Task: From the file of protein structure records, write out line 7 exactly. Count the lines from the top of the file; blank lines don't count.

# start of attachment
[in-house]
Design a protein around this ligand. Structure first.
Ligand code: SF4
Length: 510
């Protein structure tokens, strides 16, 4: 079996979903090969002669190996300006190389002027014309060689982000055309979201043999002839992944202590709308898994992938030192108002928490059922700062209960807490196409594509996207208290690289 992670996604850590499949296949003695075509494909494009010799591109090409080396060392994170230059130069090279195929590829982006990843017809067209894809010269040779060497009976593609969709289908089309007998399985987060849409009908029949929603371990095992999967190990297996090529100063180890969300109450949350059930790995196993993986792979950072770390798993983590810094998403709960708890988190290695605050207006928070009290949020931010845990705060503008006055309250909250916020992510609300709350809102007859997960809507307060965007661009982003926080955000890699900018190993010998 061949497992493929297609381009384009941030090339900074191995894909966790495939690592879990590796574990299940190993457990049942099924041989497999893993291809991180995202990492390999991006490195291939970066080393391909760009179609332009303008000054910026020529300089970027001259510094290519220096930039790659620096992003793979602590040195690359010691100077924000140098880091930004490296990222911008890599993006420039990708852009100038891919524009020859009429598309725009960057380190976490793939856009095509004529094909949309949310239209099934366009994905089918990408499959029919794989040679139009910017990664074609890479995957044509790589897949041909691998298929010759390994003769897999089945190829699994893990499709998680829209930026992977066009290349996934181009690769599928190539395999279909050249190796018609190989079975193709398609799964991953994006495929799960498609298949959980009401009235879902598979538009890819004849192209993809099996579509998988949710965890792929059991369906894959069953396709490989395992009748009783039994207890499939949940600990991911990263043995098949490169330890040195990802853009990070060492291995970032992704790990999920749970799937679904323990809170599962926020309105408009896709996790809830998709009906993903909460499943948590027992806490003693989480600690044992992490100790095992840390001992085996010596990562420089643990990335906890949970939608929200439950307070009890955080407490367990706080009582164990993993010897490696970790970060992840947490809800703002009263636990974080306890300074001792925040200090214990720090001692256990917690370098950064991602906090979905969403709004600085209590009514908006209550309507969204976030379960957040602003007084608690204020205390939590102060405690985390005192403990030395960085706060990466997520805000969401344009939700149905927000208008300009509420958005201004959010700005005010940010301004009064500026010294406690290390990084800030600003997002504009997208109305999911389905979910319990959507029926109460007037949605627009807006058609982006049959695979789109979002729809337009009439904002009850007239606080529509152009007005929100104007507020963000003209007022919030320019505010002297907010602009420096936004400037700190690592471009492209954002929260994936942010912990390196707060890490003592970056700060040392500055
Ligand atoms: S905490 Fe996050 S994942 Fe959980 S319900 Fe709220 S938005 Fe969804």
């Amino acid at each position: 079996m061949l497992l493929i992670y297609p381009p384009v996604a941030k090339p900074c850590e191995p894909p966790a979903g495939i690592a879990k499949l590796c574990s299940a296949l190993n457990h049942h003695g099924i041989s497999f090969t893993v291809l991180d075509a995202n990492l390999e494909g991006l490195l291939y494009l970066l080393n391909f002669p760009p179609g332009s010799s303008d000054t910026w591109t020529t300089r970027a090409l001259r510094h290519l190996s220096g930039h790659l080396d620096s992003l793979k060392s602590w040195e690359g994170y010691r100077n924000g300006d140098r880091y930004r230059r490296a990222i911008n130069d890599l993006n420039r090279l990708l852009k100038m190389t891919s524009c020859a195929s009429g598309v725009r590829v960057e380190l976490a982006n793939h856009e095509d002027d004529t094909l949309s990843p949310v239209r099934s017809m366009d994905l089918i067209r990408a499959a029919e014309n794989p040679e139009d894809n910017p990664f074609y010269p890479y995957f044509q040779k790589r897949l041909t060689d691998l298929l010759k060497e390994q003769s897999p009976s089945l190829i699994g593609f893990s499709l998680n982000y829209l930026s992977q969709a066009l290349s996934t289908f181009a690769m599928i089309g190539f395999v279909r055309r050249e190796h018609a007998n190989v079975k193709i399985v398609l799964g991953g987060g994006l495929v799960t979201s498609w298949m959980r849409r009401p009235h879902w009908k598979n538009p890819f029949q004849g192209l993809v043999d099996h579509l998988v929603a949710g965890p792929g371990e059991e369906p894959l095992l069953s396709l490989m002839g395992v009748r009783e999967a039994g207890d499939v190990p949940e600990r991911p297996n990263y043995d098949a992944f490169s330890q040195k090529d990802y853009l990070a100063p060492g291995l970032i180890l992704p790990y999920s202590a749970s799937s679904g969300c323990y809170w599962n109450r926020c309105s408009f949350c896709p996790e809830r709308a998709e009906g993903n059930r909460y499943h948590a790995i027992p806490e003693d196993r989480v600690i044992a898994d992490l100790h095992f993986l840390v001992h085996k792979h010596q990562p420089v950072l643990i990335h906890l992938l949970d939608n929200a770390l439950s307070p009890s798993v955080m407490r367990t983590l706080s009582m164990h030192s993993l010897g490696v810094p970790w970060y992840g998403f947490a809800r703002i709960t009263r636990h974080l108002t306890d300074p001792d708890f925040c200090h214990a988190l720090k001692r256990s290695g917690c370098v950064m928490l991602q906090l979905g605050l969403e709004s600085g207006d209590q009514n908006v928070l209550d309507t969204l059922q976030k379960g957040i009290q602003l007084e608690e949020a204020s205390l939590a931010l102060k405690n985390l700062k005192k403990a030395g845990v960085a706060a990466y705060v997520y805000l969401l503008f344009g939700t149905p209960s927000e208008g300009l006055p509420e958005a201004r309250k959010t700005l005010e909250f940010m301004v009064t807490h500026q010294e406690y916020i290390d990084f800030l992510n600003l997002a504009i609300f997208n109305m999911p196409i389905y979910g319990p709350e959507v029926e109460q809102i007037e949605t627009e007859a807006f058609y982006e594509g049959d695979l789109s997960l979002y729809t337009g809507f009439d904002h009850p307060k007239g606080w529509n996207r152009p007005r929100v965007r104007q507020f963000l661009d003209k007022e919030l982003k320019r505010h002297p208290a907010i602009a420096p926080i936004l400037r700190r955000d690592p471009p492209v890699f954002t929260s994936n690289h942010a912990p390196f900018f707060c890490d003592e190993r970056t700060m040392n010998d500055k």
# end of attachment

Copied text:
């Amino acid at each position: 079996m061949l497992l493929i992670y297609p381009p384009v996604a941030k090339p900074c850590e191995p894909p966790a979903g495939i690592a879990k499949l590796c574990s299940a296949l190993n457990h049942h003695g099924i041989s497999f090969t893993v291809l991180d075509a995202n990492l390999e494909g991006l490195l291939y494009l970066l080393n391909f002669p760009p179609g332009s010799s303008d000054t910026w591109t020529t300089r970027a090409l001259r510094h290519l190996s220096g930039h790659l080396d620096s992003l793979k060392s602590w040195e690359g994170y010691r100077n924000g300006d140098r880091y930004r230059r490296a990222i911008n130069d890599l993006n420039r090279l990708l852009k100038m190389t891919s524009c020859a195929s009429g598309v725009r590829v960057e380190l976490a982006n793939h856009e095509d002027d004529t094909l949309s990843p949310v239209r099934s017809m366009d994905l089918i067209r990408a499959a029919e014309n794989p040679e139009d894809n910017p990664f074609y010269p890479y995957f044509q040779k790589r897949l041909t060689d691998l298929l010759k060497e390994q003769s897999p009976s089945l190829i699994g593609f893990s499709l998680n982000y829209l930026s992977q969709a066009l290349s996934t289908f181009a690769m599928i089309g190539f395999v279909r055309r050249e190796h018609a007998n190989v079975k193709i399985v398609l799964g991953g987060g994006l495929v799960t979201s498609w298949m959980r849409r009401p009235h879902w009908k598979n538009p890819f029949q004849g192209l993809v043999d099996h579509l998988v929603a949710g965890p792929g371990e059991e369906p894959l095992l069953s396709l490989m002839g395992v009748r009783e999967a039994g207890d499939v190990p949940e600990r991911p297996n990263y043995d098949a992944f490169s330890q040195k090529d990802y853009l990070a100063p060492g291995l970032i180890l992704p790990y999920s202590a749970s799937s679904g969300c323990y809170w599962n109450r926020c309105s408009f949350c896709p996790e809830r709308a998709e009906g993903n059930r909460y499943h948590a790995i027992p806490e003693d196993r989480v600690i044992a898994d992490l100790h095992f993986l840390v001992h085996k792979h010596q990562p420089v950072l643990i990335h906890l992938l949970d939608n929200a770390l439950s307070p009890s798993v955080m407490r367990t983590l706080s009582m164990h030192s993993l010897g490696v810094p970790w970060y992840g998403f947490a809800r703002i709960t009263r636990h974080l108002t306890d300074p001792d708890f925040c200090h214990a988190l720090k001692r256990s290695g917690c370098v950064m928490l991602q906090l979905g605050l969403e709004s600085g207006d209590q009514n908006v928070l209550d309507t969204l059922q976030k379960g957040i009290q602003l007084e608690e949020a204020s205390l939590a931010l102060k405690n985390l700062k005192k403990a030395g845990v960085a706060a990466y705060v997520y805000l969401l503008f344009g939700t149905p209960s927000e208008g300009l006055p509420e958005a201004r309250k959010t700005l005010e909250f940010m301004v009064t807490h500026q010294e406690y916020i290390d990084f800030l992510n600003l997002a504009i609300f997208n109305m999911p196409i389905y979910g319990p709350e959507v029926e109460q809102i007037e949605t627009e007859a807006f058609y982006e594509g049959d695979l789109s997960l979002y729809t337009g809507f009439d904002h009850p307060k007239g606080w529509n996207r152009p007005r929100v965007r104007q507020f963000l661009d003209k007022e919030l982003k320019r505010h002297p208290a907010i602009a420096p926080i936004l400037r700190r955000d690592p471009p492209v890699f954002t929260s994936n690289h942010a912990p390196f900018f707060c890490d003592e190993r970056t700060m040392n010998d500055k």